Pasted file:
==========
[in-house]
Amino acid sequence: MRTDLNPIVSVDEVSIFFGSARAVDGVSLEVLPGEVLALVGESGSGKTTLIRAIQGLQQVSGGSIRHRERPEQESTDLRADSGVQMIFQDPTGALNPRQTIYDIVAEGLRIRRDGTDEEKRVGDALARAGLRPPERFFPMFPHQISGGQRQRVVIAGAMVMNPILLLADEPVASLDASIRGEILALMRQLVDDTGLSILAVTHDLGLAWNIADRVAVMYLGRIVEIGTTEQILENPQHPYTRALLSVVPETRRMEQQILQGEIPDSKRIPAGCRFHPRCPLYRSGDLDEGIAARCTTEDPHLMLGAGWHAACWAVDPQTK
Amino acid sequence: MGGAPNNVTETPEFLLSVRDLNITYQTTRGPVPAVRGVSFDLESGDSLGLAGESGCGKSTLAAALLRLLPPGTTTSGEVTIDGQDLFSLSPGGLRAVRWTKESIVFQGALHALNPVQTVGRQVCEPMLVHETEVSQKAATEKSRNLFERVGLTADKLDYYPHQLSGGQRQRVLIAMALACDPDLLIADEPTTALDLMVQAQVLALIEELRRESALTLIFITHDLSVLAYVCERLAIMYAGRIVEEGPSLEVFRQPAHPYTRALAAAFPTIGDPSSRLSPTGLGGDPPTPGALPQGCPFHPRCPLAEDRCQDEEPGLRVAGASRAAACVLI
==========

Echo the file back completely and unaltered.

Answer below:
[in-house]
Amino acid sequence: MRTDLNPIVSVDEVSIFFGSARAVDGVSLEVLPGEVLALVGESGSGKTTLIRAIQGLQQVSGGSIRHRERPEQESTDLRADSGVQMIFQDPTGALNPRQTIYDIVAEGLRIRRDGTDEEKRVGDALARAGLRPPERFFPMFPHQISGGQRQRVVIAGAMVMNPILLLADEPVASLDASIRGEILALMRQLVDDTGLSILAVTHDLGLAWNIADRVAVMYLGRIVEIGTTEQILENPQHPYTRALLSVVPETRRMEQQILQGEIPDSKRIPAGCRFHPRCPLYRSGDLDEGIAARCTTEDPHLMLGAGWHAACWAVDPQTK
Amino acid sequence: MGGAPNNVTETPEFLLSVRDLNITYQTTRGPVPAVRGVSFDLESGDSLGLAGESGCGKSTLAAALLRLLPPGTTTSGEVTIDGQDLFSLSPGGLRAVRWTKESIVFQGALHALNPVQTVGRQVCEPMLVHETEVSQKAATEKSRNLFERVGLTADKLDYYPHQLSGGQRQRVLIAMALACDPDLLIADEPTTALDLMVQAQVLALIEELRRESALTLIFITHDLSVLAYVCERLAIMYAGRIVEEGPSLEVFRQPAHPYTRALAAAFPTIGDPSSRLSPTGLGGDPPTPGALPQGCPFHPRCPLAEDRCQDEEPGLRVAGASRAAACVLI